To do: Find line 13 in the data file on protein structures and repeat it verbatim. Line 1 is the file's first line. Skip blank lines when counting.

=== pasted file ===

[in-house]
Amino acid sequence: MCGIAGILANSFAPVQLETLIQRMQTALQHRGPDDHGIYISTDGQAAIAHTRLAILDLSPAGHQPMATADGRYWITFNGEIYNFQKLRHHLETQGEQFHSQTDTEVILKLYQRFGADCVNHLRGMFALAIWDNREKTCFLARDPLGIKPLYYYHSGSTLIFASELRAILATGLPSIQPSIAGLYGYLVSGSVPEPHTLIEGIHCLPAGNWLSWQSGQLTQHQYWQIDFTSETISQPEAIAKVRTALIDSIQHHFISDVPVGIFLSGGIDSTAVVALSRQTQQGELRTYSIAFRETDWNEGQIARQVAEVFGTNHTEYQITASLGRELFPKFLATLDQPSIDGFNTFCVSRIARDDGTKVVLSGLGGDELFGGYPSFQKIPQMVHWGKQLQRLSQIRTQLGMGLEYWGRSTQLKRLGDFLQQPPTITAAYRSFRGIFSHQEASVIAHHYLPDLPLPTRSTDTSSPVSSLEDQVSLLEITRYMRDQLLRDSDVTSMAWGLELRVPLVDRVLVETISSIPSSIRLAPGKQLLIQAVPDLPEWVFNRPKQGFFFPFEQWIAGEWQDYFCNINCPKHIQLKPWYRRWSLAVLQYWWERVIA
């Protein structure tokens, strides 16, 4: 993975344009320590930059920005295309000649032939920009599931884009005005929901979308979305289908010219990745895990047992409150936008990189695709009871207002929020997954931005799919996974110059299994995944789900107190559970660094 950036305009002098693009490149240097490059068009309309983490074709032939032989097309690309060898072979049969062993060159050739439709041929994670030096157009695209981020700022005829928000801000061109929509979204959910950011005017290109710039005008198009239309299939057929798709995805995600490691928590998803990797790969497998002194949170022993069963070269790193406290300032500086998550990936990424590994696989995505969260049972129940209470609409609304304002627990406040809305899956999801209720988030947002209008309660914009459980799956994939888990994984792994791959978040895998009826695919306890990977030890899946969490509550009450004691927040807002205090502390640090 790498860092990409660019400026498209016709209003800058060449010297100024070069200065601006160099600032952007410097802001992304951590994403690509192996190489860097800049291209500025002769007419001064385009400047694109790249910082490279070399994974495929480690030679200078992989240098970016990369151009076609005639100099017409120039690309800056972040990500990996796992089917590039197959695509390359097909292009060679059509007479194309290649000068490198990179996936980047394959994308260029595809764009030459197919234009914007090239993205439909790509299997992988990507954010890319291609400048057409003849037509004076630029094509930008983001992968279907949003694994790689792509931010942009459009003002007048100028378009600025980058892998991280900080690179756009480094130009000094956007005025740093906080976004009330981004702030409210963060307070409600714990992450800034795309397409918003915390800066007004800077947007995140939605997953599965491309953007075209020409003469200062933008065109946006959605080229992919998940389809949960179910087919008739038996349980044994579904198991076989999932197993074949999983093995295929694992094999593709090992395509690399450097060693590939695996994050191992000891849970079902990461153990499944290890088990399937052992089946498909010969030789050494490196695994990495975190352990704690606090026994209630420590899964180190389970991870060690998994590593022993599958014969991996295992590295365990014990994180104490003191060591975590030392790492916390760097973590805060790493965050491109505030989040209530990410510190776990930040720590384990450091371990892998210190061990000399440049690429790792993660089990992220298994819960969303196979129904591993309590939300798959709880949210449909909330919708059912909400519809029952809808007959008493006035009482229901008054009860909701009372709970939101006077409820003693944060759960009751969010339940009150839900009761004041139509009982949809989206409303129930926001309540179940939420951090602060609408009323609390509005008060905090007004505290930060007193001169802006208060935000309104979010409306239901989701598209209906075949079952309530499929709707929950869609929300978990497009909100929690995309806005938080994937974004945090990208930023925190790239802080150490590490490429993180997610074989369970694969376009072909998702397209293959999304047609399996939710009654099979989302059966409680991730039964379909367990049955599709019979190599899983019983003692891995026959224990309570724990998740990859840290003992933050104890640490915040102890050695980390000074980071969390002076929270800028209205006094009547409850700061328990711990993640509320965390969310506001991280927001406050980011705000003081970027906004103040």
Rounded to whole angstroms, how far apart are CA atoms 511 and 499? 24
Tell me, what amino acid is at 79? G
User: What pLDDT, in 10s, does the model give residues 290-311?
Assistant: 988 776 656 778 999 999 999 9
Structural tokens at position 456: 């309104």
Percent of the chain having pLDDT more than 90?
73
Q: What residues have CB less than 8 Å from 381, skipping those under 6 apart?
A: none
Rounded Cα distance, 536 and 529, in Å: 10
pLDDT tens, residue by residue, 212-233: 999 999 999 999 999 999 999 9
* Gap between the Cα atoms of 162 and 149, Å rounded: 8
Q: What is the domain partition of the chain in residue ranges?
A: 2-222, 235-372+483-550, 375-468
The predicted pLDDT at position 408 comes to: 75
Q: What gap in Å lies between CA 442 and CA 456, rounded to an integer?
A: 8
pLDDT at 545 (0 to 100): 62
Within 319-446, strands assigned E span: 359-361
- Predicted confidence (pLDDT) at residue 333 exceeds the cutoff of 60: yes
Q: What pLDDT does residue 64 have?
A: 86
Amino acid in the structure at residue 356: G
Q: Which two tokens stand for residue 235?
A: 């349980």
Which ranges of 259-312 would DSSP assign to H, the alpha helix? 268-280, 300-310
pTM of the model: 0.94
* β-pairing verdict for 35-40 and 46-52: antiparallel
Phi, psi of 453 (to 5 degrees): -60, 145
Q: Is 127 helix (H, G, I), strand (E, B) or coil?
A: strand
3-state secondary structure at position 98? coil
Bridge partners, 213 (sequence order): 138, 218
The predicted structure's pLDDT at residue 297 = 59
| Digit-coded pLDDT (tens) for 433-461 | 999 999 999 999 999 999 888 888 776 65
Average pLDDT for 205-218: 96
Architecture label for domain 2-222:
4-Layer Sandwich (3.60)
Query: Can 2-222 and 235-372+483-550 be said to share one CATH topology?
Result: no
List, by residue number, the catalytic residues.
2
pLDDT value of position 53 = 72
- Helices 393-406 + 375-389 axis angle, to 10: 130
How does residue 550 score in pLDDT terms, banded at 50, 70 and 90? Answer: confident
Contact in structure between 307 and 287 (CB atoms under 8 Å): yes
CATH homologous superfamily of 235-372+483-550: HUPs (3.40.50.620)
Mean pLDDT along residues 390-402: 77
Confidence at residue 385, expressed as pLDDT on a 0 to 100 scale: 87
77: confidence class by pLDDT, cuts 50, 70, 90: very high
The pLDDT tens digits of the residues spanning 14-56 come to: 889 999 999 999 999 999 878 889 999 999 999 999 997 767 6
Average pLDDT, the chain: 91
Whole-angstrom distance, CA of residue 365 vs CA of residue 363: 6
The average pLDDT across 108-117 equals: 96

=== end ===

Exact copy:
Rounded Cα distance, 536 and 529, in Å: 10